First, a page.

AMINE: Yeah, sure. In basketball schools in the US, or in Spain, Palestine, or Morocco, Senegal, when you start, the coaches teach you some fundamentals: shoot, pass and dribble. “Shoot,” in basketball, you take a shot to score. But in the life, we teach our beneficiaries to set or to have a goal in your life. It’s very important to fix an objective and to fix a goal. They can be doctors, they can be basketball players, they can be good citizens. So it’s very important for us to be sure that everyone have an idea about his goal and about, about his personal and professional project. In basketball, you want to take a shot, so maybe you have an obstacle. And it’s the same thing in the life, so you—we can have some difficulties to have a great result. So you need to make a pass in basketball. And for us, “pass” is the capacity to develop teamwork. Kids from Morocco can work with kids from Tunisia. Girls can also work with boys, et cetera, et cetera. And teamwork, for us, is very important. We can’t be the number one only for yourself. You need to collaborate and you need to work together. And sometimes you want to make a pass, so sometimes it’s difficult in basketball. Same thing in the life. So you have to dribble. And a “dribble” for us is the capacity to unlock your potential. It’s the capacity also to develop your leadership. When you dribble, so you can score, it was your first objective when—for the shot. In the same time—and the same thing for the life, when you dribble, so you dribble for your goal. And we teach our youth to have a goal in their life.
IBTIHAJ: You’re listening to The Long Game from Doha Debates and Foreign Policy. I’m your host, Ibtihaj Muhammad.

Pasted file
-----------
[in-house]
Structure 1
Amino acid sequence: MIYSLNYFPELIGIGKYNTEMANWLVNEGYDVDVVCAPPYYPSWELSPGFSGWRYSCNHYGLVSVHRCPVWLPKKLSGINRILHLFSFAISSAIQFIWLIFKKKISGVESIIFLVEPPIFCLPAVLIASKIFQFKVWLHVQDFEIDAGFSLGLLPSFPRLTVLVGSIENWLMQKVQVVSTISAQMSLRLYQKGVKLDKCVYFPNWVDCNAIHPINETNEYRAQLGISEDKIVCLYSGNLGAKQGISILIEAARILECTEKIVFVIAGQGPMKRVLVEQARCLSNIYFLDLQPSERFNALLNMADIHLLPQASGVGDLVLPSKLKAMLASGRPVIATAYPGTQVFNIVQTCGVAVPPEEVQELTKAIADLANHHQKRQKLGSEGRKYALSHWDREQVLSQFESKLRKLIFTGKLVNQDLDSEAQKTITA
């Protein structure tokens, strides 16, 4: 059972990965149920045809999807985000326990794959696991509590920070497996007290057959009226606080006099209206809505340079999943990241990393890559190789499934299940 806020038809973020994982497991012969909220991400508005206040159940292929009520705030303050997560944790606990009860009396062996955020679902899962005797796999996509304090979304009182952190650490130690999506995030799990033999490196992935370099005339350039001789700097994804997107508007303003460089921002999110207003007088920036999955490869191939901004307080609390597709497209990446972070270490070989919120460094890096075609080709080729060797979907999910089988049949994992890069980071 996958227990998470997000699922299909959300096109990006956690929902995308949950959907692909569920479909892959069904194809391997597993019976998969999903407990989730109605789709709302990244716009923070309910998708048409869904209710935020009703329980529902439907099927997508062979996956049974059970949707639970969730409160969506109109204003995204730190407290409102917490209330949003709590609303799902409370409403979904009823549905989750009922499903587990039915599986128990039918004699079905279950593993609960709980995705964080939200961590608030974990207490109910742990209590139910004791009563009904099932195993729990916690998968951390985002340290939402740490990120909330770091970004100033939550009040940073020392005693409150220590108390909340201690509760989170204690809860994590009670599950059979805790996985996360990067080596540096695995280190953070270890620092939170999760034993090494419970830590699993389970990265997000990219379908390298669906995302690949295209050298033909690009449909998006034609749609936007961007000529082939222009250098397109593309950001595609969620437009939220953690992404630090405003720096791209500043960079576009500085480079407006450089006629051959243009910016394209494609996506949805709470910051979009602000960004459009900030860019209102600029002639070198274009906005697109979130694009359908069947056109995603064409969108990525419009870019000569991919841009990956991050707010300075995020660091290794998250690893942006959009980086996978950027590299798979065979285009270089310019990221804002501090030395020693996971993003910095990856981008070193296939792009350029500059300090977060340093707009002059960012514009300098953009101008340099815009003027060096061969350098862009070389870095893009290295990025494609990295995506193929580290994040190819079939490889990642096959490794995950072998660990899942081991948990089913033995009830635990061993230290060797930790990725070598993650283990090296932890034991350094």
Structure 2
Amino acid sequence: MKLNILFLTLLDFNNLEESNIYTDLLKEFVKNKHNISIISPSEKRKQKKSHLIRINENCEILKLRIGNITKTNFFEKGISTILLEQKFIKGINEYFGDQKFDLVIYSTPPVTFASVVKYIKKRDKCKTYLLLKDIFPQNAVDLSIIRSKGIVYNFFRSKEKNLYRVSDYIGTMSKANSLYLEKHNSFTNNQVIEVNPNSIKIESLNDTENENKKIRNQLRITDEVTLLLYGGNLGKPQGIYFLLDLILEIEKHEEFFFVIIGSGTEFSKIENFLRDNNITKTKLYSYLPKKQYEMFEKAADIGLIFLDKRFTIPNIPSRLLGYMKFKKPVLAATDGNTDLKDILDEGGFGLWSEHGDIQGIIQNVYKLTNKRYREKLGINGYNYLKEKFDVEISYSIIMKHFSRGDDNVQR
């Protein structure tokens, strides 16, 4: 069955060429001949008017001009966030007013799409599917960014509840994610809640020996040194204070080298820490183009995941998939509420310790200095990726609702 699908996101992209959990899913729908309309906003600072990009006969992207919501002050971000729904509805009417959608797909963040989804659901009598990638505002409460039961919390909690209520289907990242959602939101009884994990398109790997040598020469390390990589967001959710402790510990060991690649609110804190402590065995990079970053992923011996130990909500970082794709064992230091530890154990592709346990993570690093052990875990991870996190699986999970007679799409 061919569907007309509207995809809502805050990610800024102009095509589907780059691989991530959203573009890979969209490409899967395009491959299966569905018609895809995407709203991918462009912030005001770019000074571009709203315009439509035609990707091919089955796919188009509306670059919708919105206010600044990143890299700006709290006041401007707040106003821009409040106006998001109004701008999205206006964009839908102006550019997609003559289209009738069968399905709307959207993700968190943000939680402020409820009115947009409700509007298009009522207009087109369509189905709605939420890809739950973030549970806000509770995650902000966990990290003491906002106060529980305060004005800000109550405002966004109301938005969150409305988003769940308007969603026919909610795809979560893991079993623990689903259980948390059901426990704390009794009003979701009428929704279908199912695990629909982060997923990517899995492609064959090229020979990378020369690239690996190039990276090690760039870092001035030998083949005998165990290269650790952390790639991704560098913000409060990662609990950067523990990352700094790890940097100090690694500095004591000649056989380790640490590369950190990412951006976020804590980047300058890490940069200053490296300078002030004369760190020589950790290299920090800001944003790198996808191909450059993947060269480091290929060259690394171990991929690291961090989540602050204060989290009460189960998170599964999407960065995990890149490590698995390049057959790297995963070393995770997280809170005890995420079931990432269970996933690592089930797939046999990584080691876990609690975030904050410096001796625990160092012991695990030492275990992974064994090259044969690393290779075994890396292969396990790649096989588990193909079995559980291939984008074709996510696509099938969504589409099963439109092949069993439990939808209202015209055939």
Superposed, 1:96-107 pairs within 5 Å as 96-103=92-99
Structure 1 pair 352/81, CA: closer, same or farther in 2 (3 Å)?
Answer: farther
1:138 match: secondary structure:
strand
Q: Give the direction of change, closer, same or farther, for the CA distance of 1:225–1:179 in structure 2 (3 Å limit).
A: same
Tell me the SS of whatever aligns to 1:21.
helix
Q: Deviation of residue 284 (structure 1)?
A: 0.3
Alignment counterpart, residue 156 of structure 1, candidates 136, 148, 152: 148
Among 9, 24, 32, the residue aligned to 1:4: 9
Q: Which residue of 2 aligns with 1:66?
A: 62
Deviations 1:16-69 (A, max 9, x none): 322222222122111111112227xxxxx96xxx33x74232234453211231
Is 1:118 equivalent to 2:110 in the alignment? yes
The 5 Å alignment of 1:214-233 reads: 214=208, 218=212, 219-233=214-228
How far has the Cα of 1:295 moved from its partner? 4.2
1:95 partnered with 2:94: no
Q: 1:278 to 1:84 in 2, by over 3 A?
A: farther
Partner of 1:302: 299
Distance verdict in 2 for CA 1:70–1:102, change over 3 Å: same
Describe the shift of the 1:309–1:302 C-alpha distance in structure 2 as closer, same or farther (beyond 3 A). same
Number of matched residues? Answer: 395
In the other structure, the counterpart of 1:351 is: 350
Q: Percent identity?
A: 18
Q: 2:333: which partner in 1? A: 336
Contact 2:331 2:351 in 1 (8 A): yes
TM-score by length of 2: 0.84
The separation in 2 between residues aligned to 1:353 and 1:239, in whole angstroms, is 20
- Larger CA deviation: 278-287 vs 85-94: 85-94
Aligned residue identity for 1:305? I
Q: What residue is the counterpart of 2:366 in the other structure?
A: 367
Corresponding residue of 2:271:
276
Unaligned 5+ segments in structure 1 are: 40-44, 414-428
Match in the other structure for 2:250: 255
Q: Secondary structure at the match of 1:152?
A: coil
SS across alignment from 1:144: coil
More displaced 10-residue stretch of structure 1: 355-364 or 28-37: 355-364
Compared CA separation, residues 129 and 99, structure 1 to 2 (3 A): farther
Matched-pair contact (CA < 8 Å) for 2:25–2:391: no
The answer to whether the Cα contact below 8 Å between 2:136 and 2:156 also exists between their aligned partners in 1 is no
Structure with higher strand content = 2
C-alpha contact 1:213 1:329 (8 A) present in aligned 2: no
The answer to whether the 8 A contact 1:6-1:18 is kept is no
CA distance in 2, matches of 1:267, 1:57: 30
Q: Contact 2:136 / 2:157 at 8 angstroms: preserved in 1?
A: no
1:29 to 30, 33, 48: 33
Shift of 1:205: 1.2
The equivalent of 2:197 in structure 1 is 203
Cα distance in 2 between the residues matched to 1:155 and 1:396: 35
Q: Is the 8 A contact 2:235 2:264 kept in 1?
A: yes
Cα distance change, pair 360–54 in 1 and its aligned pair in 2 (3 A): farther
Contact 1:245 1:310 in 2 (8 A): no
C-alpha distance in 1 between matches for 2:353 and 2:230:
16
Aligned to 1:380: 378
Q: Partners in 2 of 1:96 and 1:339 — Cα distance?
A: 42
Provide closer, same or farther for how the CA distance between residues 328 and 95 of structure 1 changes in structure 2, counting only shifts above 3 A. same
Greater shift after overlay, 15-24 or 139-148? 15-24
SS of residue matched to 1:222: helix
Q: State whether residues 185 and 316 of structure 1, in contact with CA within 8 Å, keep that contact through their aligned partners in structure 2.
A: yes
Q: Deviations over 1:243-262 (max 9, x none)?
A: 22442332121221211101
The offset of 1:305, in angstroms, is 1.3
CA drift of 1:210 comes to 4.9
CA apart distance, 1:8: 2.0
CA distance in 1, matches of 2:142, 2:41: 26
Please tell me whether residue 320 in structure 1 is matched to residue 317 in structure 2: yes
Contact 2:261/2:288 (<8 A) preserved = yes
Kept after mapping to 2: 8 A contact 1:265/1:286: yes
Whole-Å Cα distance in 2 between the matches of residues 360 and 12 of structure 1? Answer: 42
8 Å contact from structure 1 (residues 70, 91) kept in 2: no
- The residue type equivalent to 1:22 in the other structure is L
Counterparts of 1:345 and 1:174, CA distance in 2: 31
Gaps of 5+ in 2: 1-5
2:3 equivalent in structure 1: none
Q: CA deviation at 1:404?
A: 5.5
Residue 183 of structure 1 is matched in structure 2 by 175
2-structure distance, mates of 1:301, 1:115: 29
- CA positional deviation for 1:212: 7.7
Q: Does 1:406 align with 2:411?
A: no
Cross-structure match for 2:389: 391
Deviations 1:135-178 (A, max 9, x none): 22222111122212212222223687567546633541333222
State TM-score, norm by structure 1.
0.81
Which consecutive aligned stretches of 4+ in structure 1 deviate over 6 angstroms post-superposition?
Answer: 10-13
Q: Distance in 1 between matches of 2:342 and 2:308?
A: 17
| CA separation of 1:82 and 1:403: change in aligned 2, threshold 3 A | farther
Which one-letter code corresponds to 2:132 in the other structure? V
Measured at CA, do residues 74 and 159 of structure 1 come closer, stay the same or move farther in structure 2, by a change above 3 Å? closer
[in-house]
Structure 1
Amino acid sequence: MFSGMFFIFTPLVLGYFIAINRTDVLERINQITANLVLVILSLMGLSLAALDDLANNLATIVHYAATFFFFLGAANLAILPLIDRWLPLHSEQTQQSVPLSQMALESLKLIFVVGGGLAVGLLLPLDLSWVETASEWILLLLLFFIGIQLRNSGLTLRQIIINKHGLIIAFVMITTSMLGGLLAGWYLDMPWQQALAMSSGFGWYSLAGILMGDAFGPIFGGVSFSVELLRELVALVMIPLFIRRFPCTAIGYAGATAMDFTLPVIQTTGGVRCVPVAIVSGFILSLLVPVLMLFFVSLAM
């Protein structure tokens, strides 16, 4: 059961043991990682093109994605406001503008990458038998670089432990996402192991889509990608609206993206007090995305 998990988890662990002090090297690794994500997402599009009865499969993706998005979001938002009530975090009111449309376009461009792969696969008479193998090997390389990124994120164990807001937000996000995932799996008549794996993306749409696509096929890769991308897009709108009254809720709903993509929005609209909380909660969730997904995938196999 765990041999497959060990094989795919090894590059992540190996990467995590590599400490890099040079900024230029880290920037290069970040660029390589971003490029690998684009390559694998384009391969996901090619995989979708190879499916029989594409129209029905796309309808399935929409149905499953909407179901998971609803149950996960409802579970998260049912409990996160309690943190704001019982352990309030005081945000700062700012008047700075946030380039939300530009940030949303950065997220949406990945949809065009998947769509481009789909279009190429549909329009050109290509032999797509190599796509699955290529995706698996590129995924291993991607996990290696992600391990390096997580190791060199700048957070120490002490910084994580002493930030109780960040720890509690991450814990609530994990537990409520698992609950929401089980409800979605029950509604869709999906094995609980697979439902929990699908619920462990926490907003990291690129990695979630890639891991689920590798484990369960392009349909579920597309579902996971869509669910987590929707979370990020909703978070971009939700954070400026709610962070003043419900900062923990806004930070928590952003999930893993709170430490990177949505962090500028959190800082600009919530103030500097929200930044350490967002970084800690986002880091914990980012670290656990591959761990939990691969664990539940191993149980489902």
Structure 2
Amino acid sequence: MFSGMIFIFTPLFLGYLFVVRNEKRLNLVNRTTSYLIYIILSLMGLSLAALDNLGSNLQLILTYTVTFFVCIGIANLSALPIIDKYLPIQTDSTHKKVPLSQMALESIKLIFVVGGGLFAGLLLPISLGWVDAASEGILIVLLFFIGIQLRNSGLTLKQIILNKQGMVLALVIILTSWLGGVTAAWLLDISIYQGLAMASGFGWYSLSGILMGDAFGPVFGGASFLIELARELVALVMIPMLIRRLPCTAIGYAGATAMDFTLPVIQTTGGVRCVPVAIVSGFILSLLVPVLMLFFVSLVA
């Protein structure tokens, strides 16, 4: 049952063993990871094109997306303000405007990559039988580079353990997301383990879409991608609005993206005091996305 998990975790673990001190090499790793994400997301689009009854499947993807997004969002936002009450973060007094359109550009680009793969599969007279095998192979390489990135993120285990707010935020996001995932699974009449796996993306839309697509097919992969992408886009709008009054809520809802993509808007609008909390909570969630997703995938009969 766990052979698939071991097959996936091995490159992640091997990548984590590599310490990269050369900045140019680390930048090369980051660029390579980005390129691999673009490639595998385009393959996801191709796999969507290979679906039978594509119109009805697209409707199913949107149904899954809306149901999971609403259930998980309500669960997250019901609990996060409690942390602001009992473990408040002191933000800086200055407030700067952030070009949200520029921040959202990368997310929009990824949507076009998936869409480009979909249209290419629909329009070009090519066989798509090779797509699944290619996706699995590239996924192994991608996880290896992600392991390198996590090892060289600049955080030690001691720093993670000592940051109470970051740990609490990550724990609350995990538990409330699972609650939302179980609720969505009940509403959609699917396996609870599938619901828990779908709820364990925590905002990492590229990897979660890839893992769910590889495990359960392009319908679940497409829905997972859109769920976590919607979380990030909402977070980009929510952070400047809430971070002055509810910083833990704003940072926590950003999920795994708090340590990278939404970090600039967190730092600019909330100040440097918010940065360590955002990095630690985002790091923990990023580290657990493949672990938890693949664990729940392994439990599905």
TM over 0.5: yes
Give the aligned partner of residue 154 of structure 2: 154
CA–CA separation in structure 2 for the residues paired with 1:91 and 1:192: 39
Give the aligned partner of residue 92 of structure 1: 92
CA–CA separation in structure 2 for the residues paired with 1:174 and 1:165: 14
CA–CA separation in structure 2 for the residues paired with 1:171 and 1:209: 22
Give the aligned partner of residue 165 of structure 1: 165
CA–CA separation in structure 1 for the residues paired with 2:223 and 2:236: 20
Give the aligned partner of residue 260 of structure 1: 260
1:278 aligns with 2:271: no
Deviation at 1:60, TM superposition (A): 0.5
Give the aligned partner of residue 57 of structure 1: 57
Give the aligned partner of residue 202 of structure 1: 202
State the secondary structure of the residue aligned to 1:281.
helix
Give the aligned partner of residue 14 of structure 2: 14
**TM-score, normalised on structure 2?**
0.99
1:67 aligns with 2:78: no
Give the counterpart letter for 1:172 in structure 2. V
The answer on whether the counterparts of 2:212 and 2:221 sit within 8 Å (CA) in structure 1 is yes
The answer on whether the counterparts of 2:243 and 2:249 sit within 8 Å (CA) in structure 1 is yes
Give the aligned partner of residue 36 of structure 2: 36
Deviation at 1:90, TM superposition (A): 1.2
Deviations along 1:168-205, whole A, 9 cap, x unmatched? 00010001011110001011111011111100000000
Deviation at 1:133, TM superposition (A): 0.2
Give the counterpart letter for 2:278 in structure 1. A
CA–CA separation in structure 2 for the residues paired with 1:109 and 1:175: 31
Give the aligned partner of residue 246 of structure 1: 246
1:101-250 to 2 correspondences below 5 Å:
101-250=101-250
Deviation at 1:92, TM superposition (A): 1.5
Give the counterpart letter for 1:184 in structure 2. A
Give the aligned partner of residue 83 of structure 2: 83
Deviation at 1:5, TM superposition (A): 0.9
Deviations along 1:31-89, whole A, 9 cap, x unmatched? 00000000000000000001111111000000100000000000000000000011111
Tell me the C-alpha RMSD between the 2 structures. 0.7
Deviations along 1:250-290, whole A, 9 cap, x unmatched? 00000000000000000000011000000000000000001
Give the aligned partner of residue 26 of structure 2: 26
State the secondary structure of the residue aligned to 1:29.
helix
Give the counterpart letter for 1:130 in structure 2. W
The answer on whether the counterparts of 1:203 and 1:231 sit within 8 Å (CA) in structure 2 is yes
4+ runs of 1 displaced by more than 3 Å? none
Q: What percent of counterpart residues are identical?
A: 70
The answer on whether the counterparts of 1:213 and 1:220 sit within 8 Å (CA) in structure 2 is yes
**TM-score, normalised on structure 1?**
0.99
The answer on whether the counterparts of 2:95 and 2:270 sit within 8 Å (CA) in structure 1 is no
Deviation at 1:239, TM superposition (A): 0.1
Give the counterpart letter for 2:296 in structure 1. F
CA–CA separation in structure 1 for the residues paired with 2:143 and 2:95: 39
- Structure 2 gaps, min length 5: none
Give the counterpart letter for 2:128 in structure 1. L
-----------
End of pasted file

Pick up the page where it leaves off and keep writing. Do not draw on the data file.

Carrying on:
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IBTIHAJ: So when I visited TIBU’s Casablanca—I’ll call it a campus, because that’s how it felt to me. It was really cool to see how many children are there at any given time. And if you think of, like, a tall—like, these tall buildings—there’s, like, a sport complex that, kind of, is in the middle. You have this green space. There’s kids playing soccer. There’s some type of soccer, I don’t know if it’s a class or, like, a game that’s going on. But on these different levels, there’s classrooms, and there’s children of different ages. Like, there’s primary school children there. They have instructors. And then there’s also young people there who have graduated, maybe from high school, and that’s the School of Second Chance. They’re kids who don’t know exactly what happens next in their lives.
When we think about countries like Morocco, and if you’re lucky enough to have the opportunity to graduate from school, there’s this, you know, overarching question of, like, what’s next? And when I went and visited TIBU on the ground, what I thought was so cool about this program is they’re giving opportunity and resources to people who, who honestly don’t know how they’re going to make a living. They don’t know what steps to make. And I think that TIBU is helping them to connect those dots and really setting them up to develop that potential that they have, to develop the leadership that I think you can learn from sport. Amine has, you know, programs for these kids that are, you know, in that in-between age of, you know, 17, 18 into their mid-20s. And they do want to be involved in sport, but they don’t know what, what that avenue looks like. Amine is really helping them understand how sport can continue to shape and change their lives for the better, and also how they can continue to give back to their communities and, you know, encourage and inspire the next generation going forward.
IBTIHAJ: Amine, I was really blown away by the numbers of children, you know, these 250,000 beneficiaries that you and TIBU have been able to influence and help and advocate for. It’s really ballooned into a program that is affecting and changing so many lives.
AMINE: I understand that sports is magic. It can be football, it can be fencing, it can be baseball, it can be swimming. We need only space, a ball or a material and a man or woman to change the life of thousands of kids. So we switch from basketball NGO to sport for development and sport for grassroots NGO.
IBTIHAJ: I love that this has blossomed into more than just basketball, you know, because you understand that the power of sport is so great and that it can really bring about social change. The participants in your programs, not only do they become better athletes, but they become better people. What are your goals for them?